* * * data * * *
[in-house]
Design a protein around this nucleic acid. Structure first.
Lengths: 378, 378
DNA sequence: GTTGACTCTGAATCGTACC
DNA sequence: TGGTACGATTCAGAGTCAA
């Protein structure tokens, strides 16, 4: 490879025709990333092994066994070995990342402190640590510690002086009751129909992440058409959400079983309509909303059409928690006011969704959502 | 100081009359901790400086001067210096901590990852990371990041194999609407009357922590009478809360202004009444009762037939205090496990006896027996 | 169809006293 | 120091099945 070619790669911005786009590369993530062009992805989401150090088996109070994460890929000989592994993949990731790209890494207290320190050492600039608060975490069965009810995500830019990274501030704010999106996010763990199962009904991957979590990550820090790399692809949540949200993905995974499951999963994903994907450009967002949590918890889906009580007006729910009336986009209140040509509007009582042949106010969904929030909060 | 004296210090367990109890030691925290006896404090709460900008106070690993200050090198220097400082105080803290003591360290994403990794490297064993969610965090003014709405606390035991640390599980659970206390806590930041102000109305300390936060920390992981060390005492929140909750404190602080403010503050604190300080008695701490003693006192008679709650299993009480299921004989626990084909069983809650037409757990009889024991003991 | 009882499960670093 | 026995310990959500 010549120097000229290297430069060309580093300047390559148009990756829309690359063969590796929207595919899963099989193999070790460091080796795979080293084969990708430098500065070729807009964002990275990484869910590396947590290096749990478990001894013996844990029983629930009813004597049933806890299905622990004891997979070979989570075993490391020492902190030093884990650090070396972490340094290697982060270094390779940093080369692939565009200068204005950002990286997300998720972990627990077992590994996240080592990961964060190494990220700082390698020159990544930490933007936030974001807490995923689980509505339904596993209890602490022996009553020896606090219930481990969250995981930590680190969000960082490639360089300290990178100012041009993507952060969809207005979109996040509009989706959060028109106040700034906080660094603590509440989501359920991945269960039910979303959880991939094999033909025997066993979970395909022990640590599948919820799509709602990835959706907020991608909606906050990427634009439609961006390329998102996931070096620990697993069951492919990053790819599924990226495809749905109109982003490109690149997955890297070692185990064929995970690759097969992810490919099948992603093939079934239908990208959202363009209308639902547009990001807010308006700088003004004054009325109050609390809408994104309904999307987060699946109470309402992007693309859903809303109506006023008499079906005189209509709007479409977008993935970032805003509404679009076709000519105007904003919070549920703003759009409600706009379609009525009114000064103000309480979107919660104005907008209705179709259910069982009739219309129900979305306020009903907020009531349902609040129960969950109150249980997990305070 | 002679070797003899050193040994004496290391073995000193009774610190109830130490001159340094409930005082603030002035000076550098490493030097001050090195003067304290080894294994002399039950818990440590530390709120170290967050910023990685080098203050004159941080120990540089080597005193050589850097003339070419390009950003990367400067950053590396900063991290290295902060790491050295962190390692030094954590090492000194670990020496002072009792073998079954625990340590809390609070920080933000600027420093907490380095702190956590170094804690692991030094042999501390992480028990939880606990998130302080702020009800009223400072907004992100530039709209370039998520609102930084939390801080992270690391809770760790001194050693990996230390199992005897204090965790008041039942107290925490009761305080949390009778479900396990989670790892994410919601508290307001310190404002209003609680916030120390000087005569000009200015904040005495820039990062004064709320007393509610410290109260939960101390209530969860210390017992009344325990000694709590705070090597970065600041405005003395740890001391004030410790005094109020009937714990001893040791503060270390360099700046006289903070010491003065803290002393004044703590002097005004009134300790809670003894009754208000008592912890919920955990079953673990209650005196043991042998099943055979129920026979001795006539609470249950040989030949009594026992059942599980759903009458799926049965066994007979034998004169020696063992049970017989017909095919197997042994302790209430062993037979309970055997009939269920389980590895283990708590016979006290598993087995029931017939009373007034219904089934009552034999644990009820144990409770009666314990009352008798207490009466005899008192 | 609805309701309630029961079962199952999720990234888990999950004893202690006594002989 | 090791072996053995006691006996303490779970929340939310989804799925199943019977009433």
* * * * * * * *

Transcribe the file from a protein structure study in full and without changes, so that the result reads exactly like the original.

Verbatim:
[in-house]
Design a protein around this nucleic acid. Structure first.
Lengths: 378, 378
DNA sequence: GTTGACTCTGAATCGTACC
DNA sequence: TGGTACGATTCAGAGTCAA
């Protein structure tokens, strides 16, 4: 490879025709990333092994066994070995990342402190640590510690002086009751129909992440058409959400079983309509909303059409928690006011969704959502 | 100081009359901790400086001067210096901590990852990371990041194999609407009357922590009478809360202004009444009762037939205090496990006896027996 | 169809006293 | 120091099945 070619790669911005786009590369993530062009992805989401150090088996109070994460890929000989592994993949990731790209890494207290320190050492600039608060975490069965009810995500830019990274501030704010999106996010763990199962009904991957979590990550820090790399692809949540949200993905995974499951999963994903994907450009967002949590918890889906009580007006729910009336986009209140040509509007009582042949106010969904929030909060 | 004296210090367990109890030691925290006896404090709460900008106070690993200050090198220097400082105080803290003591360290994403990794490297064993969610965090003014709405606390035991640390599980659970206390806590930041102000109305300390936060920390992981060390005492929140909750404190602080403010503050604190300080008695701490003693006192008679709650299993009480299921004989626990084909069983809650037409757990009889024991003991 | 009882499960670093 | 026995310990959500 010549120097000229290297430069060309580093300047390559148009990756829309690359063969590796929207595919899963099989193999070790460091080796795979080293084969990708430098500065070729807009964002990275990484869910590396947590290096749990478990001894013996844990029983629930009813004597049933806890299905622990004891997979070979989570075993490391020492902190030093884990650090070396972490340094290697982060270094390779940093080369692939565009200068204005950002990286997300998720972990627990077992590994996240080592990961964060190494990220700082390698020159990544930490933007936030974001807490995923689980509505339904596993209890602490022996009553020896606090219930481990969250995981930590680190969000960082490639360089300290990178100012041009993507952060969809207005979109996040509009989706959060028109106040700034906080660094603590509440989501359920991945269960039910979303959880991939094999033909025997066993979970395909022990640590599948919820799509709602990835959706907020991608909606906050990427634009439609961006390329998102996931070096620990697993069951492919990053790819599924990226495809749905109109982003490109690149997955890297070692185990064929995970690759097969992810490919099948992603093939079934239908990208959202363009209308639902547009990001807010308006700088003004004054009325109050609390809408994104309904999307987060699946109470309402992007693309859903809303109506006023008499079906005189209509709007479409977008993935970032805003509404679009076709000519105007904003919070549920703003759009409600706009379609009525009114000064103000309480979107919660104005907008209705179709259910069982009739219309129900979305306020009903907020009531349902609040129960969950109150249980997990305070 | 002679070797003899050193040994004496290391073995000193009774610190109830130490001159340094409930005082603030002035000076550098490493030097001050090195003067304290080894294994002399039950818990440590530390709120170290967050910023990685080098203050004159941080120990540089080597005193050589850097003339070419390009950003990367400067950053590396900063991290290295902060790491050295962190390692030094954590090492000194670990020496002072009792073998079954625990340590809390609070920080933000600027420093907490380095702190956590170094804690692991030094042999501390992480028990939880606990998130302080702020009800009223400072907004992100530039709209370039998520609102930084939390801080992270690391809770760790001194050693990996230390199992005897204090965790008041039942107290925490009761305080949390009778479900396990989670790892994410919601508290307001310190404002209003609680916030120390000087005569000009200015904040005495820039990062004064709320007393509610410290109260939960101390209530969860210390017992009344325990000694709590705070090597970065600041405005003395740890001391004030410790005094109020009937714990001893040791503060270390360099700046006289903070010491003065803290002393004044703590002097005004009134300790809670003894009754208000008592912890919920955990079953673990209650005196043991042998099943055979129920026979001795006539609470249950040989030949009594026992059942599980759903009458799926049965066994007979034998004169020696063992049970017989017909095919197997042994302790209430062993037979309970055997009939269920389980590895283990708590016979006290598993087995029931017939009373007034219904089934009552034999644990009820144990409770009666314990009352008798207490009466005899008192 | 609805309701309630029961079962199952999720990234888990999950004893202690006594002989 | 090791072996053995006691006996303490779970929340939310989804799925199943019977009433």